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Catch Your Horse in the Field… Or, Let Your Horse Catch You! by Monty Roberts

Monty’s Answer: Thank you for sending this question as it is asked quite often. People regularly hear me say, “Don’t catch your horse; let your horse catch you.” I would like to address your question assuming that you understand the basic tenets of Join-Up and you have exhausted the use of these basic concepts of doing a pasture Join-Up® and allowing your horse to trust and “catch you”. I will assume that you are correct in your assessment that the horse is remedial for this issue.

You might have noticed that the other horse who is easy to catch is growing even easier as you ignore him/her while chasing down your gelding. I would like you to set aside some time when you can work for perhaps two hours or even more. I don’t want you to feel rushed or under pressure for any reason. Rushing may have caused the problem in the first place. I need you to create a small enclosure area within your pasture or use a field that has a small catch pen.

Place a very small amount of food like a hand full of grain or a bite of hay into the far corner of this small area within the field. When you enter the field to catch him, I would like you to live by the language of Equus and the concepts of Join-Up®. If you enter passively, fingers closed, equipment quiet and eyes averted, your horse should come to you when you invite him. If he moves away from you, send him away by deliberately fixing your eyes on your horse’s eyes, meaning ‘go away’ in his language.

Catching a Horse and How to do it by Pat Parelli

Catching a horse is designed to be hard to do…that’s how horses have survived for millions of years.

Horses have the innate ability to out-think their predators on the ground. A human trying to catch a horse reads like a “predator” to them, so they use their best evasive maneuvers to avoid capture. When you’re trying to catch your horse and they’re avoiding you, they’re not being difficult; they’re just trying to survive!

When a horse is hard to catch, people tend to gang up and surround the horse…just like wolves or other predators would do. They corner the horse, then lunge and grab at him. This scares the heck out of a horse. In response to any aggressive measures, horses will go into total panic mode. In an effort to survive, they’ll fight, try to jump over tall walls or run blindly right over the top of you.

These behaviors sound extreme, but in order to understand what’s going on in the horse’s mind you need to understand that to the horse, the situation is extreme. Your horse isn’t afraid of being caught when you are chasing it, he is afraid of being killed and eaten.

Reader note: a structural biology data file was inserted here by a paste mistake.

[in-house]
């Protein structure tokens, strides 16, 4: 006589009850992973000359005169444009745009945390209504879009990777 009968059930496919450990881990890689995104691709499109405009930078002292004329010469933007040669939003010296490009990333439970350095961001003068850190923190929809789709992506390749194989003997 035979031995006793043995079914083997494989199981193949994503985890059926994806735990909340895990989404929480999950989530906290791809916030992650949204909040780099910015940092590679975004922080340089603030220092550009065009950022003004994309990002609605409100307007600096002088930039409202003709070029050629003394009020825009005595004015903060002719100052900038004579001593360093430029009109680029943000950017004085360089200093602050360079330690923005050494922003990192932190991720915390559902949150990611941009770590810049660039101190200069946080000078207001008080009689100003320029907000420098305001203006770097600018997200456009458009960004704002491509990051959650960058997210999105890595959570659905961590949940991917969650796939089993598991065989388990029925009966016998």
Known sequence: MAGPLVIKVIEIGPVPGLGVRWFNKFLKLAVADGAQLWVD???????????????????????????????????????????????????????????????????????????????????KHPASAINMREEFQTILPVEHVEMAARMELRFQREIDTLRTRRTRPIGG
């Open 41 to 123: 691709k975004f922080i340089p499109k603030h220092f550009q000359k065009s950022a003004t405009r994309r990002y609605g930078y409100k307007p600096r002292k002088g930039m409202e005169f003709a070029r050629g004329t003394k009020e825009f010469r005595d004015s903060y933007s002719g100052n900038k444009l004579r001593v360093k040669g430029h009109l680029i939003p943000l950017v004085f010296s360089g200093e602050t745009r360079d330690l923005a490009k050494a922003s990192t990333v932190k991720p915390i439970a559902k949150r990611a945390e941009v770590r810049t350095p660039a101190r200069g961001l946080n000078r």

The Parelli Natural Horsemanship encourages you to think in terms of the relationship with your horse. If you couldn’t catch your spouse, child, or friend, would you insist the problem was with the other person and that he or she is just “difficult” – or would you look at the dynamic of the relationship itself and wonder what the problem was? The natural horse training approach is that instead of employing strategies for catching a horse, you think about ways you might “attract” your horse, i.e. learn to develop a relationship that will make your horse want to be with you rather than run from you, which is what our Natural Attraction DVD is all about. It’s not really horse training that’s needed when a horse is hard to catch; it’s relationship training. Learn to be really good at relationships and your horse will come running.

Instead of chasing a horse that is running away from you, try the opposite. Chasing the horse just adds fuel to the fire; backing off is the better way to go. When you walk away, you remove the pressure and defuse the chase. Sure, it’s natural to want to run after the horse, but it just makes the predator/prey dynamic worse. If you back off, he’ll come around.

Every time you go out with a halter and lead rope, your horse knows what’s coming because you never do anything different. So try something new instead. Walk over to him with the halter, but just give him a scratch or a carrot or something. Don’t try to catch him, just visit him. Just rub and scratch him with the halter–use it as a tool to “make nice” and that’s it. Or walk out there with your equipment and just leave him alone; don’t even try to approach. His conditioned responses and associations will change and so will his running away behavior.

These are just a few natural horsemanship approaches to catching a horse. Notice that none are punishing or aggressive, and all are designed to break the predator/prey barrier in the human/horse interaction – the secret to the partnership relationship.

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